April 03, 2007
They are back, just when you thought it was safe. I mean the Feminazi crowd. And guess what they have in store for you? Why, they intend to re-introduce the Equal Rights Amendment in both Houses of Congress. The original fight should have been over in 1977 but then Congress gave the ladies (please forgive that term in this context) another several years to complete ratification. So you thought the fight was over by 1982? No, not at all. This time the authors of the ERA assure us that they will have no time limit for ratification. And there you have it: ERA forever.
Certainly whatever legitimate issues raised by the ERA ratification fight have long since been overtaken by reality. This issue now appears to be generational. Older women who were of that bent still consider the failure to ratify the ERA a blot on their sisterhood. Younger women have no idea what that fight was about and most could care less. ERA proponents must obtain a two-thirds vote of both Houses of Congress to send the proposed amendment to the States. If the ratification process were to go that far ERA proponents would find a very different political landscape than they found when they first went to the States in 1972.
For those who don”t recall the fight, the ERA yes crowd had a roller coaster ride the likes of which never had been seen. The first States ratified the Amendment in the wee hours of the morning on the day after the bill cleared the United States Senate. Day after day one State after another ratified the proposed Amendment. ERA proponents had created an image of invincibility. Commentators plotted the number of remaining days before the requisite three-quarters of the States would have ratified ERA. Once and for all, the Equal Rights Amendment would have been enshrined in the Constitution. But the pace began to slow: only eight States ratified the Amendment in 1973 and three in 1974. By then Watergate was happening and Republicans everywhere were taking a bath in special elections.
Along came Phyllis Schlafly, of Alton Illinois, President of the Eagle Forum. For years she had cultivated friends in the Illinois Legislature. Meanwhile Eagle Forum was building up a head of steam due to Mrs. Schlafly’s leadership. ERA passed in Illinois by a simple majority vote but was unable to muster the three-fifths majority required to ratify ERA. Just a fluke, ERA proponents told themselves. The upshot was that ERA came with-in three states of ratification. Then Phyllis had an extra present for the proponents. She led a campaign for rescission and several States followed through. ERA proponents argued that once a State ratified an amendment it had no authority to repeal that ratification. A couple of States were prepared to argue their case before the Supreme Court but the time allowed for ratification expired. In an unprecedented move, Congress extended the time for ratification. In fact, when the issue came up, Senator Jake Garn (R-UT) personally eyeballed almost every Senator and counted a substantial majority which agreed that the time extension should not be granted. You can imagine Garn’s disgust when a majority of the Senate voted to give ERA another time extension. Most could not look Garn in the eye because they clearly had told him they were against the time extension. When he finally tracked down the Senators who had broken their word he heard excuses, such as “When I looked at my eight-year old daughter as I was leaving the house, I thought to myself “I can”t do this to her.”” Most of the others said their wives had been on their case and to keep peace in the family they felt they had to reverse positions. Only one Senator of the more than a dozen who changed votes had the courtesy to tell Garn why. That experience remained with Garn to the day he left the Senate. “When I grew up I was taught that a man’s word was his bond.” (He went on to recall an incident during the Depression where his father kept a commitment to deliver some goods to a man who could no longer pay for it.)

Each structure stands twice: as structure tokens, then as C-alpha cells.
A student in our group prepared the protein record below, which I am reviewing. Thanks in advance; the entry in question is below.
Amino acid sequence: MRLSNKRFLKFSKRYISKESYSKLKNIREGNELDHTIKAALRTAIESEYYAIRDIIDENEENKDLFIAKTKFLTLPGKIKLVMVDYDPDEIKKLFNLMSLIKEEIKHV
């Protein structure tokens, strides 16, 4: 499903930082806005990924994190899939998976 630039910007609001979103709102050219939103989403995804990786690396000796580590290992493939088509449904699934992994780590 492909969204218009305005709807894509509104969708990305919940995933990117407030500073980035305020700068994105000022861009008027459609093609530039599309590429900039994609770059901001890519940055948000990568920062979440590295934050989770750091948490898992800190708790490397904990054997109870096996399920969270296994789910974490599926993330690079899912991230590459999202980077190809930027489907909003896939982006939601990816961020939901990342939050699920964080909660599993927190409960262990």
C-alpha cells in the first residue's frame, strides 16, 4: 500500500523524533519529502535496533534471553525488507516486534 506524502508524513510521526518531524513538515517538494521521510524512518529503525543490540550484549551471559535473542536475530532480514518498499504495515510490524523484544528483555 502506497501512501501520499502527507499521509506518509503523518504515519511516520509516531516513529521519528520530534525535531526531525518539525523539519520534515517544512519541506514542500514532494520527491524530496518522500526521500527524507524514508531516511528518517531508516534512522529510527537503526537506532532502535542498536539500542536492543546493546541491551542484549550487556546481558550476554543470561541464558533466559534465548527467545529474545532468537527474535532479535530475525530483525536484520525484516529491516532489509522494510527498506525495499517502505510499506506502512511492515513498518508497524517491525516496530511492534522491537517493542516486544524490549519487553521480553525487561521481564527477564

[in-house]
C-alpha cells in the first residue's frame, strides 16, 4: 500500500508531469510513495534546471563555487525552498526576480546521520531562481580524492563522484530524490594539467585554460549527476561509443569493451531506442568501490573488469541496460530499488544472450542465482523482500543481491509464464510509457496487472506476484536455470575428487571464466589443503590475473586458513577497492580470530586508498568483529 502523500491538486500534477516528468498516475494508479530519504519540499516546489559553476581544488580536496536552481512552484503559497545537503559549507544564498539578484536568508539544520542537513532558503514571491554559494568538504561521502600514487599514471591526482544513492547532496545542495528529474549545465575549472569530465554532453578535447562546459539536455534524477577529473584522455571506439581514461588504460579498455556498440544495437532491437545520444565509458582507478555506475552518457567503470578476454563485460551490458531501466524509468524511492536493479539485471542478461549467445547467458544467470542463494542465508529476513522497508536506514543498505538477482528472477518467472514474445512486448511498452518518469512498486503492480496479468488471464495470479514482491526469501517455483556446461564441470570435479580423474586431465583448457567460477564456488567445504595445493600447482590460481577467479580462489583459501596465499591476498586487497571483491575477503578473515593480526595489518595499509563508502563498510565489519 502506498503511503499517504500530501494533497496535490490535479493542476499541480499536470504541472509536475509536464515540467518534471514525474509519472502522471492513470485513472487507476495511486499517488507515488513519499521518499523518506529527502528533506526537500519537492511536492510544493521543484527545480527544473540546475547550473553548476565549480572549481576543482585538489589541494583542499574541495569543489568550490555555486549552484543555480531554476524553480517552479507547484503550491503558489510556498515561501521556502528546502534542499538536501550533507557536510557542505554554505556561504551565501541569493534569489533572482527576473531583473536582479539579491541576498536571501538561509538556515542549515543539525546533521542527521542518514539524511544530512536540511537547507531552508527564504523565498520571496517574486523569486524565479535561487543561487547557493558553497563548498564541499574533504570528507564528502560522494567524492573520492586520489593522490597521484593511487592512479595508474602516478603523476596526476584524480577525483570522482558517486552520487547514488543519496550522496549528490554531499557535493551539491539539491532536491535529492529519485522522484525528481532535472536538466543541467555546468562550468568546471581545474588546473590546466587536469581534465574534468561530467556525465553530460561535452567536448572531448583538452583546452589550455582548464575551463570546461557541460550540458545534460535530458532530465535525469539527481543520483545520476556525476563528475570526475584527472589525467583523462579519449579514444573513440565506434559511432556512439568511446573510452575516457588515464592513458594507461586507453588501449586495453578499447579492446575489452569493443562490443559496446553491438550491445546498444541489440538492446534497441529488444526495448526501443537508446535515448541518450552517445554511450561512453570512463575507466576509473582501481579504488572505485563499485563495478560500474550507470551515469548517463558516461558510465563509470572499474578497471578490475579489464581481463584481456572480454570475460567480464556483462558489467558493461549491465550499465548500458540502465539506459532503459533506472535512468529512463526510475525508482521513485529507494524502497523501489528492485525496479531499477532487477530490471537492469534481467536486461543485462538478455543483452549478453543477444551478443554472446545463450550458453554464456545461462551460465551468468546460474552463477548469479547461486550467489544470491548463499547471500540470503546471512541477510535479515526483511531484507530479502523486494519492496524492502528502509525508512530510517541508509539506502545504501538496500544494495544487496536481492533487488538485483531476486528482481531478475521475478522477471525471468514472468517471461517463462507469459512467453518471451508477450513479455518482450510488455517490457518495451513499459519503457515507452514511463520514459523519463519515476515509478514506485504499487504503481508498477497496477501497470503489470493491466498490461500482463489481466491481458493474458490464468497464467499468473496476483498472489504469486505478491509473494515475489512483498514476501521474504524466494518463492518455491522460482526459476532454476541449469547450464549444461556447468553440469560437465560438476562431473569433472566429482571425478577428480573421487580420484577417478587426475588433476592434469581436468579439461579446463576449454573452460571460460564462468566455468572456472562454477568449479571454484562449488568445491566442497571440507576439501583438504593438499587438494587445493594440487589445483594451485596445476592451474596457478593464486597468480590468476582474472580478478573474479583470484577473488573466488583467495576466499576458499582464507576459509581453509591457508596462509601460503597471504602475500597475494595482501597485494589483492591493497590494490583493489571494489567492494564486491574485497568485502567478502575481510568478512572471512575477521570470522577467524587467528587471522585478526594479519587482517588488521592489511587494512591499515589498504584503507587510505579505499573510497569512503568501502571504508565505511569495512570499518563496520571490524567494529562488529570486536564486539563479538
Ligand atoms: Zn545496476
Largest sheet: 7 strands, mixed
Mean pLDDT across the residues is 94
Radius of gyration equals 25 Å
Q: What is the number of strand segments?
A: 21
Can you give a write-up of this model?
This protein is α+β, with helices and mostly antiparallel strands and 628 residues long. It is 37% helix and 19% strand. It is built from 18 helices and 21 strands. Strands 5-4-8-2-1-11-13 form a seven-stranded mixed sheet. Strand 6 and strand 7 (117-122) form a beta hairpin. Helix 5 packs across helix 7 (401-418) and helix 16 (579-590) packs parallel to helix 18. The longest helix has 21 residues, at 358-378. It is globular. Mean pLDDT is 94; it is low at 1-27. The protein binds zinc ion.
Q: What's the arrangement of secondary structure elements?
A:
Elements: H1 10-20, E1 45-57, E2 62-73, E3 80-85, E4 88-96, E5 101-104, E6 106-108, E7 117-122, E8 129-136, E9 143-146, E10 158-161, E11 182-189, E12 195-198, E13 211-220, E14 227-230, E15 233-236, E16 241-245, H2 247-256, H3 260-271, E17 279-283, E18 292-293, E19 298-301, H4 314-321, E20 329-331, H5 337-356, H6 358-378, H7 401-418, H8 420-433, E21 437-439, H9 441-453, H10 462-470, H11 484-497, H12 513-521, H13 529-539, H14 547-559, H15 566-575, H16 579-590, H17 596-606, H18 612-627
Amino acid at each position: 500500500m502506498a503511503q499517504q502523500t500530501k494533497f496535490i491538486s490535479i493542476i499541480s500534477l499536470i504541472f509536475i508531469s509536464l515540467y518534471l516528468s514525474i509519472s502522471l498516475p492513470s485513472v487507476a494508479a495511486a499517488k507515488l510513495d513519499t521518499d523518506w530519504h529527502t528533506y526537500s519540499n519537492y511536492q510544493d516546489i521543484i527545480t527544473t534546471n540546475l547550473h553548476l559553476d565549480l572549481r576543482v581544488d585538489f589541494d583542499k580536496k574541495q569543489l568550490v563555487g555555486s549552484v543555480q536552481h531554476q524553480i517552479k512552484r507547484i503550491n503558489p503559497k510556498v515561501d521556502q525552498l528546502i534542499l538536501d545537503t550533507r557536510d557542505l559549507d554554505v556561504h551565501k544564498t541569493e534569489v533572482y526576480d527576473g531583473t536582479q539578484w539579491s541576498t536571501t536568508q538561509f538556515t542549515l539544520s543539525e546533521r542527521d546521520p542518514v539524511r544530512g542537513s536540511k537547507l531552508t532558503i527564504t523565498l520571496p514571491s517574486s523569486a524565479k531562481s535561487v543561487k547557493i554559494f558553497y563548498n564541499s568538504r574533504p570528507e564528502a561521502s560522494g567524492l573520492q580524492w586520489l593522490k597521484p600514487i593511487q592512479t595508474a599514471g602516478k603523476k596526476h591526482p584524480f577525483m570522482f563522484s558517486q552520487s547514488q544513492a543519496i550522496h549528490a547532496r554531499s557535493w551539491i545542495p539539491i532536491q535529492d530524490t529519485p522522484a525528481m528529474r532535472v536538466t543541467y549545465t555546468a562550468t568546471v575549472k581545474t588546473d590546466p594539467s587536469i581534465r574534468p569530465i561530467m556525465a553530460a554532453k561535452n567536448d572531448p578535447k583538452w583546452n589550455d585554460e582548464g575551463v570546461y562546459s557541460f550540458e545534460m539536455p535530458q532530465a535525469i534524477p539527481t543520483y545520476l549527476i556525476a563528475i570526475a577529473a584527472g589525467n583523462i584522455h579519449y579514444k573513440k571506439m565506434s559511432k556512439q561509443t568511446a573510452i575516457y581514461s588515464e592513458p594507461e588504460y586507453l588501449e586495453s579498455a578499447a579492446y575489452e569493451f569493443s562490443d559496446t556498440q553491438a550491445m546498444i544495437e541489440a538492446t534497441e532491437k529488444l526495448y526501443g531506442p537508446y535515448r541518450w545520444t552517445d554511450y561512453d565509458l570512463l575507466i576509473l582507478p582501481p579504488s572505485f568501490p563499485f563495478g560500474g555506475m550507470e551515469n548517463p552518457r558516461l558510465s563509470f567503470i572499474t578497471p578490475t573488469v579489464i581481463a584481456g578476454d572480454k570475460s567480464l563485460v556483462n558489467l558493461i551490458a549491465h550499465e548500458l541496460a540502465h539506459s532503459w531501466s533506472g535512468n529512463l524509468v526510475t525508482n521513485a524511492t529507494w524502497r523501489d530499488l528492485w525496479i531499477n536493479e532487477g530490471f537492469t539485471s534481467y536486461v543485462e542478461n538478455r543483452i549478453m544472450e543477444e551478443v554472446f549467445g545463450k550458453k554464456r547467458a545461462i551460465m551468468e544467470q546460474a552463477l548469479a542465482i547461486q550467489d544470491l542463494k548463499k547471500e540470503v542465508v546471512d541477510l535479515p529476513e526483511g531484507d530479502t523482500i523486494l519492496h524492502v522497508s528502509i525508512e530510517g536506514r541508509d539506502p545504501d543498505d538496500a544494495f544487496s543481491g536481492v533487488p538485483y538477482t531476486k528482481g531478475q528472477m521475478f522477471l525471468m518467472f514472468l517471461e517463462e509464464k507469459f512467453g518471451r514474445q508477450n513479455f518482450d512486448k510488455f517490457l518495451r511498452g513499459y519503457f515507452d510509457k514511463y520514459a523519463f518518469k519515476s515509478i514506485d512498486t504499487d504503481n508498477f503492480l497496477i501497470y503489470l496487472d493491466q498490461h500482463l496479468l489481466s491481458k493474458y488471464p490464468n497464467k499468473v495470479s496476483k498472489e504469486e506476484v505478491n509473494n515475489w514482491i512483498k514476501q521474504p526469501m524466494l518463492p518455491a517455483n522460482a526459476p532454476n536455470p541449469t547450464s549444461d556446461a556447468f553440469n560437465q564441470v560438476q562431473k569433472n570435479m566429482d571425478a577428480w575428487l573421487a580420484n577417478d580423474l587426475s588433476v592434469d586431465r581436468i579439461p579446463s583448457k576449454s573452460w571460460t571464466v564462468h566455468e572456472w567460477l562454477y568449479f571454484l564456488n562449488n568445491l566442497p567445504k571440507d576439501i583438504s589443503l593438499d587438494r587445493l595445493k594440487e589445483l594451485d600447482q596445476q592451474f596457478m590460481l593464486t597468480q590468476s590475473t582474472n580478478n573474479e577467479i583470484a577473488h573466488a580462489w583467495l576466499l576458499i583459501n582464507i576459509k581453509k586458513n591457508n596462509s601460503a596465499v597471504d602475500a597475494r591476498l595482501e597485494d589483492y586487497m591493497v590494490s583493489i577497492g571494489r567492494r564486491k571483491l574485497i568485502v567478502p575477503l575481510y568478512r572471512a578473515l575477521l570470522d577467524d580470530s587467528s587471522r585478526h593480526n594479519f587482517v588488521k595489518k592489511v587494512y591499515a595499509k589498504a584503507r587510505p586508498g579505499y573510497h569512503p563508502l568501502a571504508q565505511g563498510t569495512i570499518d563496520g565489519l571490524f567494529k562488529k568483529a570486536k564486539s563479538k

ERA proponents made no progress during their time extension. When that time expired Phyllis Schlafly held her second victory dinner with her friends in the Conservative movement, who hailed her as a heroine. She was certain, as was I, that this fight was over once and for all. When ERA was first proposed many opponents said that proponents wanted unisex bathrooms and gay marriage. They claimed that this was the most vicious propaganda that the right had ever adduced. I don”t know about unisex bathrooms but many of today’s proponents do want homosexual marriage.
In the House I doubt the ability of the proponents to achieve a two-thirds majority. In the Senate the question is where Senators Elizabeth Hanford Dole (R-NC) and Kay Bailey Hutchinson (R-TX) will be. Other Republican female Senators likely will be in the pro-ERA corner. So it is conceivable that the Senate might come close to two thirds. Meanwhile, Phyllis Schlafly, now in her 80s, still is going strong. And she has a strong organization to pick up the fight.
Republicans control more state legislatures than during the first go-around. It may be that, rather than these being a serious legislative effort, ERA proponents simply want to draw a bulls-eye on conservatives at the state and local levels. If that is the case two can play the game. Just ask the good lady from Alton, Illinois.
A Free Congress Foundation Commentary. Paul M. Weyrich is Chairman and CEO of the Free Congress Foundation.
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